Marmot Verve 42 Backpack Review

Marmot Verve 42, Alpine Lakes Wilderness - WA
 
Intro:
I loved my Verve 32 last year so much I bought its bigger brother, the Verve 42. This means the Verve 42 has a lot to live up to, but does it?

Construction/Material/Fit:
One of the nicest features on the Verve 42 is the J-type double zipper which makes finding anything in the pack really easy. The zipper also makes it easy for you to fill small holes in between your gear when loading the pack in order to completely utilize the interior space of the backpack.
J-type zipper makes finding items on the bottom easy

The Marmot Verve uses 70 denier nylon for the main body and uses 100 denier nylon ripstop for reinforcement areas like the bottom of the pack. In comparison, the Osprey Exos series uses a combination of 100D and 100D ripstop nylon.

The hip belt is extremely comfortable, uses small foam circles which allows the belt to contour the weight around your hips. The lumbar support behind the mesh back-panel really helps when the backpack is fully loaded.

Great hip-belt and lumbar support

The Verve 42 comes in two sizes medium and large, while all the smaller Verve's  do not. I found the one size fits all Verve 32 to fit my torso length slightly better than my Medium Verve 42. It looks like, even in the Medium size, marmot made the backpack bigger by simply extending the frame. So if you are small enough that the Verve 32 barely fits your torso length, the Verve 42 may be too big. If you have a longer torso, than rejoice, as it's slightly larger and even comes in a Large

Performance:
I've been using the Verve 42 as my go to pack this summer due to weight of the backpack and trying to go fast and light. It's been used on mostly backpacking trips, an easy alpine climb, and even a UL mountaineering trip with just a bivy and 1 sleeping bag to share between my wife and I. The pack's sweet spot for weight is around 20-25 lbs. My mountaineering pack was definitely pushing 30lbs+ and you could tell it wasn't meant for it.

Quick overnight trip on a snowless spring trail in the Cascades
When you can get your total gear in the pack's sweet spot, hiking 10+ miles and doing 3000+ gain each day becomes quite easy. Doing the High Divide Loop in the Olympic National Park was made so easy with the backpack and extremely enjoyable. The backpack just crushes miles and elevation gain.

One annoying thing about the pack was the plastic pull tabs on the bungee that keeps your trekking poles attached. When I attached my poles for the first time, the plastic piece came apart into two. I had to use fine tweezers to res-install the tinny plastic pieces back on the bungee. Annoying that it got past factory inspection and impossible to fix on the trail, luckily I was at home packing.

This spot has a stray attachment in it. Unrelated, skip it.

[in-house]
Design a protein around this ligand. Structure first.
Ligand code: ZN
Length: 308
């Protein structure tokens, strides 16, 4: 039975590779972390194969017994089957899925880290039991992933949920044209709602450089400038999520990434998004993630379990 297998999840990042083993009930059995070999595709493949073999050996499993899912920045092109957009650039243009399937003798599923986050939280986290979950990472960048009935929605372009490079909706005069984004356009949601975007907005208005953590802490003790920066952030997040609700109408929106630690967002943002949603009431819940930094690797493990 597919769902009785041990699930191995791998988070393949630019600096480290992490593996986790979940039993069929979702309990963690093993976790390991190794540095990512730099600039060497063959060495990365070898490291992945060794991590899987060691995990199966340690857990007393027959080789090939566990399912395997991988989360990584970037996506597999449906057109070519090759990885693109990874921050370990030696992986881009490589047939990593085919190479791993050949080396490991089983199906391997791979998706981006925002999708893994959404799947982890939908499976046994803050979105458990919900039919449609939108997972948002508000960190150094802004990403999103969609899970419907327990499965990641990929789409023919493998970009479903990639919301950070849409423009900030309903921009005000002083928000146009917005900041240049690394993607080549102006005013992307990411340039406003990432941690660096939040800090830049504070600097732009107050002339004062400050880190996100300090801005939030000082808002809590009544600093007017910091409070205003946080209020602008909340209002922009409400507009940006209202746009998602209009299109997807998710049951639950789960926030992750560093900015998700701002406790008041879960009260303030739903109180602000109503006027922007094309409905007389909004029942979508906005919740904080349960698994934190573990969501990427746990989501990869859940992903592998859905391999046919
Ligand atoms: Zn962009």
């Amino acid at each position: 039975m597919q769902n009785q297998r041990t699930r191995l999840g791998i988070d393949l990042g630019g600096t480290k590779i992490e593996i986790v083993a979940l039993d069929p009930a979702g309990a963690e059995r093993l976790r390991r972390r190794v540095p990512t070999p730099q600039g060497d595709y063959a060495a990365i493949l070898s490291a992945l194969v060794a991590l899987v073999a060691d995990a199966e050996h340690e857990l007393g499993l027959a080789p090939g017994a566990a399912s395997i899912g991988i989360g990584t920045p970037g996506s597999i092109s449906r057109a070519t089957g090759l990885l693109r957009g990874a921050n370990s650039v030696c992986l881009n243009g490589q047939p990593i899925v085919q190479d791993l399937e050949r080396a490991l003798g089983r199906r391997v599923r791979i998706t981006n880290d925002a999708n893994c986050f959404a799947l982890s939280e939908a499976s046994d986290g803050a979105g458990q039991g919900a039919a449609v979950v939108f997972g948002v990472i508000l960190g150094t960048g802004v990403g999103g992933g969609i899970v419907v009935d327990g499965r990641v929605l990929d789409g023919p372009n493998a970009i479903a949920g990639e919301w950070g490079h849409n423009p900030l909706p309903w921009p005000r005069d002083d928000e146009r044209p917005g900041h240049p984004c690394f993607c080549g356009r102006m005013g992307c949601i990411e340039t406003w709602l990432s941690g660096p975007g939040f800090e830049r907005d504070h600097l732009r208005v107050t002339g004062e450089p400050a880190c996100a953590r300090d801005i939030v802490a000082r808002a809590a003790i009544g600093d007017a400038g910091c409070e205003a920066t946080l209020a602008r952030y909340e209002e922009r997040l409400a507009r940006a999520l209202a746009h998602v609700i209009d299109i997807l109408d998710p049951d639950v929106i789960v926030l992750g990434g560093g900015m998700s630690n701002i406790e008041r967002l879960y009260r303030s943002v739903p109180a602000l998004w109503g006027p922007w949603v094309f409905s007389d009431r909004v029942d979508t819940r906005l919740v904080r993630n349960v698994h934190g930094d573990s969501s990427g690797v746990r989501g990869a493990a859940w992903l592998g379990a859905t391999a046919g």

After a few trips, less than 50 miles, a hole formed where the frame-sheet meets the bottom of the backpack. I think this a major design flaw, as the plastic back frame is rubbing and puts pressure on the Nylon bottom. If you look at other major backpack models, or even UL backpacks like the Exos, they all are much more reinforced than the Verve line. This design flaw ultimately means that the durability on the bottom is non-existent, in fact, it helps create the hole.

I think the reason this has become an issue on my Verve 42, and not my Verve 32, is that the frame-sheet is taut flush against the bottom of the pack and that the weight used in the 42L model exasperates the design flaw.

I loved this back enough that I took it down to Rainy Pass Repairs, probably the best gear repair shop in the US, and they couldn't repair it. Rainy Pass stated that because the frame sheet is sewn into the frame, they cannot access the area to work on it. It's sad that only 50 miles has caused such damage to the pack while the rest of the pack still looks new. I plan to warranty the backpack out to Marmot and let them know about the issue. I look forward to whether Marmot will address this problem or ignore it.

Poor design with no reinforcement between the frame sheet and bottom fabric. 
Summary:
The Verve 42 is comfortable, lightweight, breathable even on hot days, and packs down small for summit pushes. The my Verve 42 seemed like the perfect backpack for UL backpacking and a fast approach pack. Unfortunately, a design flaw with the frame-sheet means low durability on the bottom of the pack. I absolutely love this backpack but the durability makes me so frustrated because the pack had such high potential, but falls short. At the end of the day, I don't recommend buying the Verve 42 because of these issues.

Pros:
  • Exceptionally breathable back-panel
  • Foam cushioning in hipbelt and straps are very comfortable
  • Hipbelt pockets are wide enough for a smartphone
  • Weight is on par with other lightweight packs
Cons:
  • Quality control issues

****Update 8/21/15****
Big kudos to Marmot customer service for issuing credit for the backpack and also the prepaid label. I'm glad that they are willing to take care of their customers

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